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Chapter 6

Manchester Energy Efficiency Project -- A Special Series

Chapter 6

Chapter 6: The Contractors

By Jim Farrell

A quarter century ago James Maulucci and Bill Levesque were students at Cheney Tech but they didn't know one another. That’s mostly because they were a year apart and James (class of ‘88) was in the Heating, Ventilation and Air Conditioning shop while Bill (‘89) was in electrical.

These days, though, they know each other pretty well and for the past few months have once again been in the same school building -- Buckley Elementary -- with James working as the foreman of the HVAC crew from HHS Mechanical and Bill leading the team from Custom Electric.

HHS and Custom, both based in Manchester, are two of the many contractors and subcontractors whose collective work will have Buckley renovated and claiming the title of the state’s first Net Zero Energy public school in the state come next fall.

“Every project is done by a different combination of contractors,” said Nelson Reis of O&G Industries, Inc., which is coordinating all the work. “Each contractor brings specific skills and experience to the job and each one has particular responsibilities. But they also depend on each other and making it all fit is the key to a successful project.”

HHS Mechanical actually won two contracts when the Buckley renovation went out to bid. In addition to the HVAC work, which is budgeted at about $4.1 million, HHS also is handling the plumbing (about $1.3 million)

As for electrical, that portion of the work is slated to cost about $2.4 million.

Among the other trades represented are concrete, flooring, fire protection, masonry, painting, roofing and sitework -- 21 different disciplines in all -- and with less than five months to go before students return Buckley is buzzing with more than 60 workers on site most days.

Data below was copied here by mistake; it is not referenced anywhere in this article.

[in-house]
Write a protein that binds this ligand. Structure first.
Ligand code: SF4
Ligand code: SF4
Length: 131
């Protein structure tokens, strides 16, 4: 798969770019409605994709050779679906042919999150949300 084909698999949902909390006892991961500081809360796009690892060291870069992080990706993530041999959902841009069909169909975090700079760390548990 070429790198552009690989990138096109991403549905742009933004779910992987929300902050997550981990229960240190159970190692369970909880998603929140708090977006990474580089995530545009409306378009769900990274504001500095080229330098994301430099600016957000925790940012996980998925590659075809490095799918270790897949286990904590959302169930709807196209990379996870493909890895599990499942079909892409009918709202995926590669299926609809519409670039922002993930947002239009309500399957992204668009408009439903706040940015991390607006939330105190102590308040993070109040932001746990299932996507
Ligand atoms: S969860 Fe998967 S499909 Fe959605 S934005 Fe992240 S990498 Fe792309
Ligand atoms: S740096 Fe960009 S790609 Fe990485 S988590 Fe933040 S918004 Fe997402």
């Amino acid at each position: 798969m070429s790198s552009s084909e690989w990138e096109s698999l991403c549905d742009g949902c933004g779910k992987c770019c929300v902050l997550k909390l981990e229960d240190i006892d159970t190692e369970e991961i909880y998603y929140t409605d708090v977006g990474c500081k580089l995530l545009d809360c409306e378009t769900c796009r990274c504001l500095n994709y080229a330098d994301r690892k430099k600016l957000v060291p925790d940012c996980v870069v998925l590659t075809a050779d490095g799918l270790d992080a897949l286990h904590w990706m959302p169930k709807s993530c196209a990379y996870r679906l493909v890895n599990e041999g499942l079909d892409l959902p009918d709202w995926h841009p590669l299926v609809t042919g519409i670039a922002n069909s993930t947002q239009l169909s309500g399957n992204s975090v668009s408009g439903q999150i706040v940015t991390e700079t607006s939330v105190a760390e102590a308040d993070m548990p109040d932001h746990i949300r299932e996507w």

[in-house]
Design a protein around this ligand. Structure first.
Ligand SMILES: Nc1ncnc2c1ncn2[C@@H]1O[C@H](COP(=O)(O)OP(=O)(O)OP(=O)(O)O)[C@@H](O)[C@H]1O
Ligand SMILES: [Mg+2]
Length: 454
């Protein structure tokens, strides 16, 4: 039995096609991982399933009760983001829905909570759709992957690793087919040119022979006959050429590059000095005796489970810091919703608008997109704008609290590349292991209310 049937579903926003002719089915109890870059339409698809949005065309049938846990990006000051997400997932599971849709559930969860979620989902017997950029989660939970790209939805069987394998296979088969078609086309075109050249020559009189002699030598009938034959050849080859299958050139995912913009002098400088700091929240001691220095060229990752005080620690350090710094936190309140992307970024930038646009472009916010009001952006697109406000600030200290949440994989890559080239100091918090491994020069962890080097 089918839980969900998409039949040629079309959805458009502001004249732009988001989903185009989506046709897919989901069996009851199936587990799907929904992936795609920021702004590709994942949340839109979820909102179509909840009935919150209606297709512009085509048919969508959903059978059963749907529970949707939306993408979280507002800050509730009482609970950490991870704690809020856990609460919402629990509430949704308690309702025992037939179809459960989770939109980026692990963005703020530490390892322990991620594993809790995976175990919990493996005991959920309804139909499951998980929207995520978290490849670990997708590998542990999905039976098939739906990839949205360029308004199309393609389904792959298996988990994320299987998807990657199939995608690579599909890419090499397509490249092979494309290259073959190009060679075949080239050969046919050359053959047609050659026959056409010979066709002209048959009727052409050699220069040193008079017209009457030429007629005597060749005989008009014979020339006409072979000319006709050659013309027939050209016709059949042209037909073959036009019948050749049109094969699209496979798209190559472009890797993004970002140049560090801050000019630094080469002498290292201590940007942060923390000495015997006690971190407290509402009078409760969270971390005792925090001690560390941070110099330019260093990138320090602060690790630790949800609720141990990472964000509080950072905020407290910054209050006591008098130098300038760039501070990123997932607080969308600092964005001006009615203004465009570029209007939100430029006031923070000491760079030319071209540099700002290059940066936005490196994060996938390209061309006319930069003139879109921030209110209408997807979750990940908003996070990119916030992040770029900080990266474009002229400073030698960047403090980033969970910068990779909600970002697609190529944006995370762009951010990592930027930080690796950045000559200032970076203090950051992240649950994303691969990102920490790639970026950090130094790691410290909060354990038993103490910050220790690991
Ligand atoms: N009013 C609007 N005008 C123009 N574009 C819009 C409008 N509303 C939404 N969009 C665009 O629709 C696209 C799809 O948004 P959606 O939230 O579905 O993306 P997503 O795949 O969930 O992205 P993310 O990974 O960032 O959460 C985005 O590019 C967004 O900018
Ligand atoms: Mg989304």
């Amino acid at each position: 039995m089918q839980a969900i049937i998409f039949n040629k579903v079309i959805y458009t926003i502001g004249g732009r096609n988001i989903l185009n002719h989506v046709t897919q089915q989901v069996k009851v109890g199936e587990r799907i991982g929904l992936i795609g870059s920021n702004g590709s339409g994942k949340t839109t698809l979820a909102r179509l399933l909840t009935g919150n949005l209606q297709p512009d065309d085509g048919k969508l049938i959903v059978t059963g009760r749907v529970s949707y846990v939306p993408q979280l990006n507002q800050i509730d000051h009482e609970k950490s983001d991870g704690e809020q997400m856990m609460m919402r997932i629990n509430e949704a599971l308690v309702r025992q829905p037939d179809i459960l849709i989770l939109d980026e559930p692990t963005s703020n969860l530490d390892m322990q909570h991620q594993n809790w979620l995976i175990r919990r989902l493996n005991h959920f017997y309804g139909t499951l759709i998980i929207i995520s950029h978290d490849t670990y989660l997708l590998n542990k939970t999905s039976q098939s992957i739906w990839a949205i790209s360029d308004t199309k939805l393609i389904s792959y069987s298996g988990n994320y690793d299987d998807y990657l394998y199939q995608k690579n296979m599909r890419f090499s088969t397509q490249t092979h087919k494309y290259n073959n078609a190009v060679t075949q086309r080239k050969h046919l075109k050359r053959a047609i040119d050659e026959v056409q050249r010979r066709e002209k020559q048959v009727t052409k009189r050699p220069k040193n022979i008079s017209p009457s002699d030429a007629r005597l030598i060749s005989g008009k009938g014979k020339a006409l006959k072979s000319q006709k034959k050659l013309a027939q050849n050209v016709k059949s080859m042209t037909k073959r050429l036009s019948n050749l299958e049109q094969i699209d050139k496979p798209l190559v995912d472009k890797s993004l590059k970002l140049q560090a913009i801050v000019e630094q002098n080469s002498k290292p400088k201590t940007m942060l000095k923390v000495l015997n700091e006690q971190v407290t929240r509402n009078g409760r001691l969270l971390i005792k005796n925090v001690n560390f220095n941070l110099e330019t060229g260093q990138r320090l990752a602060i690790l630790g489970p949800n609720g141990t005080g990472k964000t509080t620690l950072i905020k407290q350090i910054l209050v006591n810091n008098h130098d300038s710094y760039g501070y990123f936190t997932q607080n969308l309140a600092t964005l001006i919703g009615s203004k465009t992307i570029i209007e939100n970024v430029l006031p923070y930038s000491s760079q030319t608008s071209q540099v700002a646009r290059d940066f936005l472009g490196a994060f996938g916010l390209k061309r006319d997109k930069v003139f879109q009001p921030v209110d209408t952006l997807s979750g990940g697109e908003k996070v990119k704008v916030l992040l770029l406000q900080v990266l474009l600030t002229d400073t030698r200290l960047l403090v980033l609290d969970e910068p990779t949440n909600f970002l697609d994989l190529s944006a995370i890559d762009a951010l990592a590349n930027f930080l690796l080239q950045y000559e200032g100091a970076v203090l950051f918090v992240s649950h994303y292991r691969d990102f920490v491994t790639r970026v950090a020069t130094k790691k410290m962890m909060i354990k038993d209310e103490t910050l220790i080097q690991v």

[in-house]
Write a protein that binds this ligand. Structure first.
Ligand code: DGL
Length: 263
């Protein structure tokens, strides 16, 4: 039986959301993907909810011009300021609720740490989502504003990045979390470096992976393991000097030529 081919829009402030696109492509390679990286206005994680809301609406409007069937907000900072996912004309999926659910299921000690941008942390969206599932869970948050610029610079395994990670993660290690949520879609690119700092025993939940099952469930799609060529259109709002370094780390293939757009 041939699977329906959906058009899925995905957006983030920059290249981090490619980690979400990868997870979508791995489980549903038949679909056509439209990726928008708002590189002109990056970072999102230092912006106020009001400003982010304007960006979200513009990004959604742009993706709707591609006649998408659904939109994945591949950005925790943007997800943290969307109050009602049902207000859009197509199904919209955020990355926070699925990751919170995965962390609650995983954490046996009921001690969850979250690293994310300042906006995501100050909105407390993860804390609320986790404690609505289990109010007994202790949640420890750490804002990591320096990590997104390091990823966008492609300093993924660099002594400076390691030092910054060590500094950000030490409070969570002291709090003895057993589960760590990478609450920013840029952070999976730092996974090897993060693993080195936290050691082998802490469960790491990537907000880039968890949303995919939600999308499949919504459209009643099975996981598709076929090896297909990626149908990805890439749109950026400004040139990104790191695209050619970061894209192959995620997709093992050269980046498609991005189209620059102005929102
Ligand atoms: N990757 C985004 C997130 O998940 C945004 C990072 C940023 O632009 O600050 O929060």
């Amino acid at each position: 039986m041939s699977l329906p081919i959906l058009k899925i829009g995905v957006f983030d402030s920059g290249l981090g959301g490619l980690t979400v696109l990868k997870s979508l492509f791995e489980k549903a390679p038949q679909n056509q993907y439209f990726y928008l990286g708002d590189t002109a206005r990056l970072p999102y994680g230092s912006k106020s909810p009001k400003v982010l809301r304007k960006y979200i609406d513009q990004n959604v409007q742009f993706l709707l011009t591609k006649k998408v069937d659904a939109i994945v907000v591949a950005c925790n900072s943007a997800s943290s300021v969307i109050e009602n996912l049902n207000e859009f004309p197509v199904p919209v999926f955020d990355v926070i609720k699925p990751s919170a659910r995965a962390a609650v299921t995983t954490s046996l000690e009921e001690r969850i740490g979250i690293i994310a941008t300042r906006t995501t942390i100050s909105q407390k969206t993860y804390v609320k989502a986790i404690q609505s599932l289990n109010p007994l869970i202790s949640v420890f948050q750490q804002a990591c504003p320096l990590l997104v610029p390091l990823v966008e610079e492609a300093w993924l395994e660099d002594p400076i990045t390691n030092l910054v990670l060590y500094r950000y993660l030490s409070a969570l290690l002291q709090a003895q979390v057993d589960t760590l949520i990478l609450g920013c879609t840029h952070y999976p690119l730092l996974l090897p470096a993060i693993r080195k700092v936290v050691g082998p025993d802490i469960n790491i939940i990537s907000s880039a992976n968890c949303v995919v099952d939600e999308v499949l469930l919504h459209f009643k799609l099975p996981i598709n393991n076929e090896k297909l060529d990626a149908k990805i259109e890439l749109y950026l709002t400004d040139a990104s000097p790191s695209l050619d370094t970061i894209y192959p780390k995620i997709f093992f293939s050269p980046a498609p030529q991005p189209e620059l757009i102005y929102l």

Maulucci and Levesque were among them on the first Monday in April, a crisp and overcast day. 

Maulucci spent part of the morning in what will be a vestibule in the new main entrance, cutting into an existing brick and concrete wall to make room for a recessed heater. He and his team were also continuing to prepare ductwork as part of the DOAS that will be tied into the penthouse.

(As in every trade,  HVAC has a language all its own. DOAS stands for dedicated outdoor air system and penthouse refers to a rooftop mechanical system of boilers, chillers, pumps and piping.)

One flight down, Levesque was in a classroom, roughing in wiring and conduits. Wiring is what it sounds like while conduits are tubes used to protect and route wiring and, perhaps more importantly, provide a way for new wiring to be added some day without having to tear a wall apart, as the top of the conduit will be easily accessible by removing a panel in a dropped ceiling.

The next day, the two men joined seven other foremen in the construction trailer for a regular weekly roundtable led by Tom Goizueta of O&G, who is the project superintendent.

No introductions were necessary and no agenda was needed. The men just took turns sharing out on the status of their team’s work, with Goizueta (mostly) and others asking clarifying questions. Some snippets: